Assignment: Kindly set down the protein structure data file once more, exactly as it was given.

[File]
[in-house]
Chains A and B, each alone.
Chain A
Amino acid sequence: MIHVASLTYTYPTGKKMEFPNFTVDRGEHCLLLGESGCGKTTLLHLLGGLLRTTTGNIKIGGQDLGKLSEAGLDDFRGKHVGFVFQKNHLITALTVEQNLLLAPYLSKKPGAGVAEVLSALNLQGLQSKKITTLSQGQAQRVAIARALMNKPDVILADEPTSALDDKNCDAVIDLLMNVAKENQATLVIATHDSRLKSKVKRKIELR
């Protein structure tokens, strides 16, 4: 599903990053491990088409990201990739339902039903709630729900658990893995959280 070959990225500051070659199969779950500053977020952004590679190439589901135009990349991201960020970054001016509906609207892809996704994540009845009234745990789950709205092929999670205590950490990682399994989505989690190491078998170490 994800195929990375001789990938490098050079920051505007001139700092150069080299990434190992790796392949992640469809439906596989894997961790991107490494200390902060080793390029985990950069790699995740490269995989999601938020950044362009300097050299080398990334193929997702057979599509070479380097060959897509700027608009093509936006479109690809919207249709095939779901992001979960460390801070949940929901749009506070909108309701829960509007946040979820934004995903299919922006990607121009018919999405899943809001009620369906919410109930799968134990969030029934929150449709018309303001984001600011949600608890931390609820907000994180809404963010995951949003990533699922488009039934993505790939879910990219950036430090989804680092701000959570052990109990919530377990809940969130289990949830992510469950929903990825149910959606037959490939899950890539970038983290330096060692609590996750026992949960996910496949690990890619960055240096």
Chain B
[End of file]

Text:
[in-house]
Chains A and B, each alone.
Chain A
Amino acid sequence: MIHVASLTYTYPTGKKMEFPNFTVDRGEHCLLLGESGCGKTTLLHLLGGLLRTTTGNIKIGGQDLGKLSEAGLDDFRGKHVGFVFQKNHLITALTVEQNLLLAPYLSKKPGAGVAEVLSALNLQGLQSKKITTLSQGQAQRVAIARALMNKPDVILADEPTSALDDKNCDAVIDLLMNVAKENQATLVIATHDSRLKSKVKRKIELR
């Protein structure tokens, strides 16, 4: 599903990053491990088409990201990739339902039903709630729900658990893995959280 070959990225500051070659199969779950500053977020952004590679190439589901135009990349991201960020970054001016509906609207892809996704994540009845009234745990789950709205092929999670205590950490990682399994989505989690190491078998170490 994800195929990375001789990938490098050079920051505007001139700092150069080299990434190992790796392949992640469809439906596989894997961790991107490494200390902060080793390029985990950069790699995740490269995989999601938020950044362009300097050299080398990334193929997702057979599509070479380097060959897509700027608009093509936006479109690809919207249709095939779901992001979960460390801070949940929901749009506070909108309701829960509007946040979820934004995903299919922006990607121009018919999405899943809001009620369906919410109930799968134990969030029934929150449709018309303001984001600011949600608890931390609820907000994180809404963010995951949003990533699922488009039934993505790939879910990219950036430090989804680092701000959570052990109990919530377990809940969130289990949830992510469950929903990825149910959606037959490939899950890539970038983290330096060692609590996750026992949960996910496949690990890619960055240096």
Chain B